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Working in a higher resolution to start with will give you finer details when things are compressed by uploading to SL. As far as uploading a larger texture for skin, back when I used to design skins I tried that as an experment. Whether it was my graphic card or monitor resolution, I saw no difference at all between the larger and smaller files after SL got done doing what it does when you upload. YMMV, I can only speak for myself.

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Drake1 Nightfire wrote:


Coby Foden wrote:

If you upload 2048 x 2048 texture it will be downsized to 1024 x 1024 pixels because that is the maximum texture size.

For clothing layers (skins, tattoos, alphas, etc.)  the maximum size is 512 x 512 pixels.

 

 

The proof is here:

• Maximum texture size -
1024 × 1024
pixels

  -
Some textures inworld have a resolution as high as 2048×2048;

     this is due to a previous limit that was higher. 

• Max Clothing Texture size -
512 x 512
px (except 128x128 px for eyes)

That may be so, but uploading a 2048 give a much crisper, cleaner finished image when applied to clothing, tattoos or mesh. especially if it has an alpha layer to the image.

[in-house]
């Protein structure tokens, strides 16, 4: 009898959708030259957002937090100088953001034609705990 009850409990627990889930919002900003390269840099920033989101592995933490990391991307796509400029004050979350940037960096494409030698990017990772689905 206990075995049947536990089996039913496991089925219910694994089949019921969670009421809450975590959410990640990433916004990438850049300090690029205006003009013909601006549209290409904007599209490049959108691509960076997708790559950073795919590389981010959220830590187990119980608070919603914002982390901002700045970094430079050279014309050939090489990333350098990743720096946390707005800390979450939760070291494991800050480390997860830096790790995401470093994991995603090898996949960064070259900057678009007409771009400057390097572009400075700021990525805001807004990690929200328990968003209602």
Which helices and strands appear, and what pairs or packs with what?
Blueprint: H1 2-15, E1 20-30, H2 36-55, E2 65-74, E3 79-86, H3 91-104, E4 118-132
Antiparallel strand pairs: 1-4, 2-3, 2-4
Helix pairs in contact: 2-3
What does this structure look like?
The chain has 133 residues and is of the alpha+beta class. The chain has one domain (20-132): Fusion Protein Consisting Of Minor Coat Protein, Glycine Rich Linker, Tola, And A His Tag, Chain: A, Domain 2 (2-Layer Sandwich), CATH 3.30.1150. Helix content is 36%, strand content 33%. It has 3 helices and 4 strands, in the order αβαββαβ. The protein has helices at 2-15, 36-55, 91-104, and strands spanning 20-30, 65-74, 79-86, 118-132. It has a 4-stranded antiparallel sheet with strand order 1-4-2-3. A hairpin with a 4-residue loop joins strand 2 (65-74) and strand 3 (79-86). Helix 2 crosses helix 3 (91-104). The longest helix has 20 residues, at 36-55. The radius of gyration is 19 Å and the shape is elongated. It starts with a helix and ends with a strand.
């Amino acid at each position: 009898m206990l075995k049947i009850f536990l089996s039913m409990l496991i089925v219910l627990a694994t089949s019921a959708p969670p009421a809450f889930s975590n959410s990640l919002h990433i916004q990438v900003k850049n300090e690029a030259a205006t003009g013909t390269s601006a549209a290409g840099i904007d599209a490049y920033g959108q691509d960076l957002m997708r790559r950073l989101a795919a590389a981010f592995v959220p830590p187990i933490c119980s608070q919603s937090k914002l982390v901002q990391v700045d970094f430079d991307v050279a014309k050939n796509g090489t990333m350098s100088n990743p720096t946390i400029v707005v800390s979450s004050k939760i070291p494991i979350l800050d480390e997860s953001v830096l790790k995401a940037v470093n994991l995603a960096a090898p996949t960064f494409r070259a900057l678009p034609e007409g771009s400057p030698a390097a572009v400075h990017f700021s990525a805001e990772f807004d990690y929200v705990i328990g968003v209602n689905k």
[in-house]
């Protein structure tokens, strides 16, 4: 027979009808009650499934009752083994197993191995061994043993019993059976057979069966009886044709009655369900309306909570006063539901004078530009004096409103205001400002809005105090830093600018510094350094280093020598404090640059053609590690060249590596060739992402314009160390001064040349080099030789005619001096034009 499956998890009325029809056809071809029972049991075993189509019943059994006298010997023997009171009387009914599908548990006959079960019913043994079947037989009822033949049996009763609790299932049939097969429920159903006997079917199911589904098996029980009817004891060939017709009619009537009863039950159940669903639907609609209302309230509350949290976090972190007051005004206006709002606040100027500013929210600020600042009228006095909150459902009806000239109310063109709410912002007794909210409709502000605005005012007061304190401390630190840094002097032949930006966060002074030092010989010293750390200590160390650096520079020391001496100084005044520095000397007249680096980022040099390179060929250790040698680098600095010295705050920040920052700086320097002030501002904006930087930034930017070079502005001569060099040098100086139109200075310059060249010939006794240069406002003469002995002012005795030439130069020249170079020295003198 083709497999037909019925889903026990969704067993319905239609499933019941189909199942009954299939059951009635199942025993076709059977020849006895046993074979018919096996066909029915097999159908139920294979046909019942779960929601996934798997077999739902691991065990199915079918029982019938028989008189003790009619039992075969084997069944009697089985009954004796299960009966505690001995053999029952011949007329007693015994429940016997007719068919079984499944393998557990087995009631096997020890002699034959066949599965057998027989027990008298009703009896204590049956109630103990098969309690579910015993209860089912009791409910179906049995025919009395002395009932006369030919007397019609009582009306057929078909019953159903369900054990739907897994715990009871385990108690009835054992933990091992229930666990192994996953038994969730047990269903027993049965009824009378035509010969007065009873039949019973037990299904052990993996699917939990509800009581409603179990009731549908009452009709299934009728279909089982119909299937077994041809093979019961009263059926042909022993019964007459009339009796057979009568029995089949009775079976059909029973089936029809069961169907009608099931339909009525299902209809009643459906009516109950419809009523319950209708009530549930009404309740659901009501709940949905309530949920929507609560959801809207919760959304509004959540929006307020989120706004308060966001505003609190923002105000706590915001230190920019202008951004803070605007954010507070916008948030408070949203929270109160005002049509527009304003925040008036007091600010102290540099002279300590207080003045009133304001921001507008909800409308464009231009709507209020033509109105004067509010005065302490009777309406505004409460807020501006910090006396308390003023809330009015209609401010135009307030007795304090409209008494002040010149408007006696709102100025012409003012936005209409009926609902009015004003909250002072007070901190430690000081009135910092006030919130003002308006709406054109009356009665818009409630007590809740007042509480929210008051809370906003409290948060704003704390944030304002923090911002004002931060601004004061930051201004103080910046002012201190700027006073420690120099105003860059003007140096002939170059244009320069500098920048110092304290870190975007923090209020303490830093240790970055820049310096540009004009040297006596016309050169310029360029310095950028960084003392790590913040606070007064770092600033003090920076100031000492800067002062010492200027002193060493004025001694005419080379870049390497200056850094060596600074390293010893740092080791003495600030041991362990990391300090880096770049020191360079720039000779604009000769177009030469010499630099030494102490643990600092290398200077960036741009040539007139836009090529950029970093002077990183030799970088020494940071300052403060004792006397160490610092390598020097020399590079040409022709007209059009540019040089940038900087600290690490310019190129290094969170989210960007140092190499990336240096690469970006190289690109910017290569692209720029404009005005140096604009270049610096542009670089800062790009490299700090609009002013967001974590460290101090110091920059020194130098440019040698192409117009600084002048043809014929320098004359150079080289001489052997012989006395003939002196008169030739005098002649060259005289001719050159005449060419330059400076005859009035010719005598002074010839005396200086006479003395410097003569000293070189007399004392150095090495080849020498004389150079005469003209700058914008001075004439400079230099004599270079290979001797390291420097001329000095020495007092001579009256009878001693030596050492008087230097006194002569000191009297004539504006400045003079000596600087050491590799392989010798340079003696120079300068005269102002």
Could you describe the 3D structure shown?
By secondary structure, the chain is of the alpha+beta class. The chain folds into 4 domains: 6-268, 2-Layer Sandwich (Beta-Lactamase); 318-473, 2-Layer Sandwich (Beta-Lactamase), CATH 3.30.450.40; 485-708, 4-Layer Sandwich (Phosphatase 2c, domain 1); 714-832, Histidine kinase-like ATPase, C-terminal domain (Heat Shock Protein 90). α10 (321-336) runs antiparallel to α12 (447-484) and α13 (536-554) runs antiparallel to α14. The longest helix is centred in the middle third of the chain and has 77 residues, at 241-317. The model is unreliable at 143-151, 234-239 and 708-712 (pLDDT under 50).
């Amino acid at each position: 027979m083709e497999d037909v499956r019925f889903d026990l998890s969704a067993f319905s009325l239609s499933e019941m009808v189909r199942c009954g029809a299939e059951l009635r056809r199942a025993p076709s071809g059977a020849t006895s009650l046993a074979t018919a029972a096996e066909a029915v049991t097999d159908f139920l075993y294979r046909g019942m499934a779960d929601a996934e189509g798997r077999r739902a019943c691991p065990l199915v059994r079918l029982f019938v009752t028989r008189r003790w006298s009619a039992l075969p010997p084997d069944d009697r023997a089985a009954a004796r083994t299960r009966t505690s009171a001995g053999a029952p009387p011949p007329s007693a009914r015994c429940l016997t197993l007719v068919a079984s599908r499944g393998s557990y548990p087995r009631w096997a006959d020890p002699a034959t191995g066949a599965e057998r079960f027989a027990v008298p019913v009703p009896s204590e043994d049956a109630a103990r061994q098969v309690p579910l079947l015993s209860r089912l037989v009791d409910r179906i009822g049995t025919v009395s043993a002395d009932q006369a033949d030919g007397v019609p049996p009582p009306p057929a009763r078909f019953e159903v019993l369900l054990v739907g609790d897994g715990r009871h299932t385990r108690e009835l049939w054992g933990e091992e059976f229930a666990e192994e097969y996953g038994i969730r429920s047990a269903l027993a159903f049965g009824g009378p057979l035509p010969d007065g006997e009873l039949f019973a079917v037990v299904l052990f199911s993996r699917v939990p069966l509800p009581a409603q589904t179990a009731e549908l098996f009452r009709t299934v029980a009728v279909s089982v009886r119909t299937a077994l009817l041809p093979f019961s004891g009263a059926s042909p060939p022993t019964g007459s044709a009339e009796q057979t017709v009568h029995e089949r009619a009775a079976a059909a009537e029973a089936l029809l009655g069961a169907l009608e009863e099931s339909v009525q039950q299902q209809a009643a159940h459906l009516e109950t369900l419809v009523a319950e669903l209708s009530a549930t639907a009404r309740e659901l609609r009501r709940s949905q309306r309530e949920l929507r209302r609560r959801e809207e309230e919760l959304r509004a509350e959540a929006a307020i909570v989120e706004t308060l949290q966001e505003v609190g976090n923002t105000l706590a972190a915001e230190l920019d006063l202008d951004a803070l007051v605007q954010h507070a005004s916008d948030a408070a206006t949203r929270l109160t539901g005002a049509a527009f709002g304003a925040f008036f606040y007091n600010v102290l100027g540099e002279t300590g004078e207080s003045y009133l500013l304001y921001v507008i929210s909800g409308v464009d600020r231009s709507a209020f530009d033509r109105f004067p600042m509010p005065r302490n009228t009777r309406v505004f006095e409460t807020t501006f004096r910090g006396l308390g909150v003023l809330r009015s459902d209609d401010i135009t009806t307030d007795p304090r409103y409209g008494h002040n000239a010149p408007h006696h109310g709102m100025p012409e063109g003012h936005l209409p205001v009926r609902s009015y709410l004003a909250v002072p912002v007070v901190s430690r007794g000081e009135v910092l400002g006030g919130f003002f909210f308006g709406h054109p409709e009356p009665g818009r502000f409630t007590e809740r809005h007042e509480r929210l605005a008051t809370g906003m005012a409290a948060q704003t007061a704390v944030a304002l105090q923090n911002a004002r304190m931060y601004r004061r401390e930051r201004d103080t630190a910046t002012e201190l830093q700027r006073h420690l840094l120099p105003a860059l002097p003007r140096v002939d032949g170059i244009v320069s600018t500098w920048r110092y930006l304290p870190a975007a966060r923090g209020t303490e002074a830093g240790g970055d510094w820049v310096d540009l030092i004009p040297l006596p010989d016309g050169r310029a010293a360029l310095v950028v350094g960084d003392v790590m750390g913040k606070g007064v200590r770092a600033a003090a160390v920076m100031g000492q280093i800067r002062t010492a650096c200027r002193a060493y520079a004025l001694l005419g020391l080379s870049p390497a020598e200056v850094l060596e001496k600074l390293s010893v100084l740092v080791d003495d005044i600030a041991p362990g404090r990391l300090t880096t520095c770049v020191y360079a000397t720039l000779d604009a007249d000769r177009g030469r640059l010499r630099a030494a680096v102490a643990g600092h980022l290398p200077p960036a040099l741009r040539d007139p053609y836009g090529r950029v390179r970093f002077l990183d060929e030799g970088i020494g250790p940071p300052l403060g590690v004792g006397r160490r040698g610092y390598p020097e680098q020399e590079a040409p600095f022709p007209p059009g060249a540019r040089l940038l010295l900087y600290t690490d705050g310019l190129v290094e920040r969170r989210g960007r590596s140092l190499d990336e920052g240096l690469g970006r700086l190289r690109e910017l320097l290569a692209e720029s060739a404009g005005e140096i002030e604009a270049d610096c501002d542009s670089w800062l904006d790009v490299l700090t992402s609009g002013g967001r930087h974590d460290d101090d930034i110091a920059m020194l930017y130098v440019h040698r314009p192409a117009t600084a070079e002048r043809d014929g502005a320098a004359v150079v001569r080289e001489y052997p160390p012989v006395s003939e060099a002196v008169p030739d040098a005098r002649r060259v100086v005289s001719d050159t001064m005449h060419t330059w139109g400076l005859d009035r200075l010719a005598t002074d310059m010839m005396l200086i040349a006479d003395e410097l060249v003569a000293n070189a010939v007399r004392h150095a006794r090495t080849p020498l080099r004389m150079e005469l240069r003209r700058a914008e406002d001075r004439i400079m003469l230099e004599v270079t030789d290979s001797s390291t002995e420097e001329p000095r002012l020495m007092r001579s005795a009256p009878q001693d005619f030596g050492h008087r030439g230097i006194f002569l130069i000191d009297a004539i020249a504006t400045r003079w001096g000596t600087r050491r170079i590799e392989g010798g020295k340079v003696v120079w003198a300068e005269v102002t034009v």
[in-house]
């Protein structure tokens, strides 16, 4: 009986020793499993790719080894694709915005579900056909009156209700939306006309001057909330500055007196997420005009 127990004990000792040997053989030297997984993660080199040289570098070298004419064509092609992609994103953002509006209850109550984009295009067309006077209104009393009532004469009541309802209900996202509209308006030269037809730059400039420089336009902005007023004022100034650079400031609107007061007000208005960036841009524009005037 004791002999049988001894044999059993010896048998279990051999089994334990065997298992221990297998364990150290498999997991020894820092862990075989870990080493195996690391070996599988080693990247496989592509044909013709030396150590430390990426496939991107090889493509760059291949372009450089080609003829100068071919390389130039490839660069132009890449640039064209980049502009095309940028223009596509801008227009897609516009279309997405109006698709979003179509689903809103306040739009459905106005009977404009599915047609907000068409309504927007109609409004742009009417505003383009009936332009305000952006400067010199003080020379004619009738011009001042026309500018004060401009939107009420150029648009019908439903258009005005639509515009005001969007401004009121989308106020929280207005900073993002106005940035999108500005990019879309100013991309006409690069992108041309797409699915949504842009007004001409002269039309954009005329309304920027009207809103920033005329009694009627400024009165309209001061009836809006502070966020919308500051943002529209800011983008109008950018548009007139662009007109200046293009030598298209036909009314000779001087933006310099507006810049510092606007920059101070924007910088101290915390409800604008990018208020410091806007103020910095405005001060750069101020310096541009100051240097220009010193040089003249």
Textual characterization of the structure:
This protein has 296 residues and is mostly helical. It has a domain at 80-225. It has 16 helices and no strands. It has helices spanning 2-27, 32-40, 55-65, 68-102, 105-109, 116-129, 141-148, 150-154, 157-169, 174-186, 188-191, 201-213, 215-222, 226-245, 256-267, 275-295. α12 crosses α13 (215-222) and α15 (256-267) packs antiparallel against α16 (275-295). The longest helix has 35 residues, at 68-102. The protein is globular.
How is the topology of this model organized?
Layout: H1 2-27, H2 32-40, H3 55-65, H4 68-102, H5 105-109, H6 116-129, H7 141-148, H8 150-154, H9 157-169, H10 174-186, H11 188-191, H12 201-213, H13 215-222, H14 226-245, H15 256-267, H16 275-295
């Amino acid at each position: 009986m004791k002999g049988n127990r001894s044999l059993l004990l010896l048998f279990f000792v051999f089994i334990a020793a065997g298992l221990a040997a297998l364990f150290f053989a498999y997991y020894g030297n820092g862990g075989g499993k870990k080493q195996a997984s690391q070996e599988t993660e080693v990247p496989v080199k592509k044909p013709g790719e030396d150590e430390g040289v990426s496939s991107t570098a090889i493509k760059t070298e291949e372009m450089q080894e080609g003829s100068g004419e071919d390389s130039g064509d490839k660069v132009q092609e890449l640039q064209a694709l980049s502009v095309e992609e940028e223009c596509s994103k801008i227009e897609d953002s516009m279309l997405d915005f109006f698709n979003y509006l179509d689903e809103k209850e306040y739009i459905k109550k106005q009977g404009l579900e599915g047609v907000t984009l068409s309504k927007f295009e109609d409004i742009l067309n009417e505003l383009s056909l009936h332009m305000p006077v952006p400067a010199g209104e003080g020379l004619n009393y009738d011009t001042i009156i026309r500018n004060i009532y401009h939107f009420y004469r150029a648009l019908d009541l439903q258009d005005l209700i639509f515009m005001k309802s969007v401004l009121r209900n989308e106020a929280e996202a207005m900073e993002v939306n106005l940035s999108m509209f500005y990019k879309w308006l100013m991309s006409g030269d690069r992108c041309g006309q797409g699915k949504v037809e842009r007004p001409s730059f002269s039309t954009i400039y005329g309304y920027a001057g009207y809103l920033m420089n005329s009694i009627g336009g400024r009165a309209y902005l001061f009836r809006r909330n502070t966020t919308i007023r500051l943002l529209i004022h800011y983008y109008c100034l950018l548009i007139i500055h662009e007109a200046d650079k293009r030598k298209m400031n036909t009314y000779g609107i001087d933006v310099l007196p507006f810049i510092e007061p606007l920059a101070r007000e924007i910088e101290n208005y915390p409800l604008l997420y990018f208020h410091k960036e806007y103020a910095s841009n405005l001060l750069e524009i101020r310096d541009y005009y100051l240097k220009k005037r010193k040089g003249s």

I once made an item of clothing and when uploaded it looked more pixellated and poorer resolution than normal.  Then I realised I'd made it on a 512 x 512 template by mistake.  As it was only a simple item, I made it again on a 1024 x 1024 template and it looked much better when worn.   So I can back up what  Drake says.

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Conifer Dada wrote:


Drake1 Nightfire wrote:


Coby Foden wrote:

If you upload 2048 x 2048 texture it will be downsized to 1024 x 1024 pixels because that is the maximum texture size.

For clothing layers (skins, tattoos, alphas, etc.)  the maximum size is 512 x 512 pixels.

 

 

The proof is here:

• Maximum texture size -
1024 × 1024
pixels

  -
Some textures inworld have a resolution as high as 2048×2048;

     this is due to a previous limit that was higher. 

• Max Clothing Texture size -
512 x 512
px (except 128x128 px for eyes)

That may be so, but uploading a 2048 give a much crisper, cleaner finished image when applied to clothing, tattoos or mesh. especially if it has an alpha layer to the image.

I once made an item of clothing and when uploaded it looked more pixellated and poorer resolution than normal.  Then I realised I'd made it on a 512 x 512 template by mistake.  As it was only a simple item, I made it again on a 1024 x 1024 template and it looked much better when worn.   So I can back up what  Drake says.